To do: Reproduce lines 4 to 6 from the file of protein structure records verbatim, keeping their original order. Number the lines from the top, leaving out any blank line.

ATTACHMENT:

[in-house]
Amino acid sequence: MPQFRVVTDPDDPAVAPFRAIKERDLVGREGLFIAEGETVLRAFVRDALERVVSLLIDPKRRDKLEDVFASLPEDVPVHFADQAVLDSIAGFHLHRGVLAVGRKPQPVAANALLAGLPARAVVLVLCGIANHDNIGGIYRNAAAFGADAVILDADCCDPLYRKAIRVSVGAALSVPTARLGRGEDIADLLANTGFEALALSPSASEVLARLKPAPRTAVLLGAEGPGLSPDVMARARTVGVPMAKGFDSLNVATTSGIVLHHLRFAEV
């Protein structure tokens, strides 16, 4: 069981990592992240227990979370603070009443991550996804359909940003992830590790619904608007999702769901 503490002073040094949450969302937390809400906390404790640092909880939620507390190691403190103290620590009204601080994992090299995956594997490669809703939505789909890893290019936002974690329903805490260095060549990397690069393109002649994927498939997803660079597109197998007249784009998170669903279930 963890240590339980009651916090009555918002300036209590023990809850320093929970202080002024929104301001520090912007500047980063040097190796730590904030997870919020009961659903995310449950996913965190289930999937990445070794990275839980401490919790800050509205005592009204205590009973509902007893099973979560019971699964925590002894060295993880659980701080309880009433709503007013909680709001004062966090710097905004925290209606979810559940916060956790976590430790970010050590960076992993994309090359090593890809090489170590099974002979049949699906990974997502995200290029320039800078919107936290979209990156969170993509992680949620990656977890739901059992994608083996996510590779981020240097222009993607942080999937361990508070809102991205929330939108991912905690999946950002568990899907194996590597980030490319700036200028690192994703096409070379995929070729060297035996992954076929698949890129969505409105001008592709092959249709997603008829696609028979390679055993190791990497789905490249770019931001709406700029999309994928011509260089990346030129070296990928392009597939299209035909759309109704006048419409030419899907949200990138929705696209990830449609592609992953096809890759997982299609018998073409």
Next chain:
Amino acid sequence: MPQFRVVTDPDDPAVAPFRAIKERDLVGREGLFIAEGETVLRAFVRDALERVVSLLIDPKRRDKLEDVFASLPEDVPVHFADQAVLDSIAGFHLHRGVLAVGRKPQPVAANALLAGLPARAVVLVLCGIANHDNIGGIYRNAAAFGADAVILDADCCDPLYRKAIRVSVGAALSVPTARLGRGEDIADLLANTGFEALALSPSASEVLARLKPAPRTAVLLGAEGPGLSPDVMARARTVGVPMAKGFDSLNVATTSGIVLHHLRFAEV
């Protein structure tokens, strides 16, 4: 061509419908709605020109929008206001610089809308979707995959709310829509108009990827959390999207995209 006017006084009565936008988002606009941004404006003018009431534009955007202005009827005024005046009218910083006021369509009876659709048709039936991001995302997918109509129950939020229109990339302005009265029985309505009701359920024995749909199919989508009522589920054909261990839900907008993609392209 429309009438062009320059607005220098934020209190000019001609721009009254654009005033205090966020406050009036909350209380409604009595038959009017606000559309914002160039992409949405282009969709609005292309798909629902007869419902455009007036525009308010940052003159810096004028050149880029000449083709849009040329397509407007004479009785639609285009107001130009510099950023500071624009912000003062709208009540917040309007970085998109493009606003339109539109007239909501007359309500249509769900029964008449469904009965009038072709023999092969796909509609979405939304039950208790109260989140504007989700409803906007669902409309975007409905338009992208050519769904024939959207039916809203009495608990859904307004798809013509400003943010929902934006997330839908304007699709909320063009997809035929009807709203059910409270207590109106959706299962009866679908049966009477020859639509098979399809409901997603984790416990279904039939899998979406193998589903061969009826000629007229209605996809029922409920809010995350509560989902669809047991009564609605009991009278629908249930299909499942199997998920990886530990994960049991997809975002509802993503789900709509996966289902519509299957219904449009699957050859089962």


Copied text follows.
Next chain:
Amino acid sequence: MPQFRVVTDPDDPAVAPFRAIKERDLVGREGLFIAEGETVLRAFVRDALERVVSLLIDPKRRDKLEDVFASLPEDVPVHFADQAVLDSIAGFHLHRGVLAVGRKPQPVAANALLAGLPARAVVLVLCGIANHDNIGGIYRNAAAFGADAVILDADCCDPLYRKAIRVSVGAALSVPTARLGRGEDIADLLANTGFEALALSPSASEVLARLKPAPRTAVLLGAEGPGLSPDVMARARTVGVPMAKGFDSLNVATTSGIVLHHLRFAEV
């Protein structure tokens, strides 16, 4: 061509419908709605020109929008206001610089809308979707995959709310829509108009990827959390999207995209 006017006084009565936008988002606009941004404006003018009431534009955007202005009827005024005046009218910083006021369509009876659709048709039936991001995302997918109509129950939020229109990339302005009265029985309505009701359920024995749909199919989508009522589920054909261990839900907008993609392209 429309009438062009320059607005220098934020209190000019001609721009009254654009005033205090966020406050009036909350209380409604009595038959009017606000559309914002160039992409949405282009969709609005292309798909629902007869419902455009007036525009308010940052003159810096004028050149880029000449083709849009040329397509407007004479009785639609285009107001130009510099950023500071624009912000003062709208009540917040309007970085998109493009606003339109539109007239909501007359309500249509769900029964008449469904009965009038072709023999092969796909509609979405939304039950208790109260989140504007989700409803906007669902409309975007409905338009992208050519769904024939959207039916809203009495608990859904307004798809013509400003943010929902934006997330839908304007699709909320063009997809035929009807709203059910409270207590109106959706299962009866679908049966009477020859639509098979399809409901997603984790416990279904039939899998979406193998589903061969009826000629007229209605996809029922409920809010995350509560989902669809047991009564609605009991009278629908249930299909499942199997998920990886530990994960049991997809975002509802993503789900709509996966289902519509299957219904449009699957050859089962």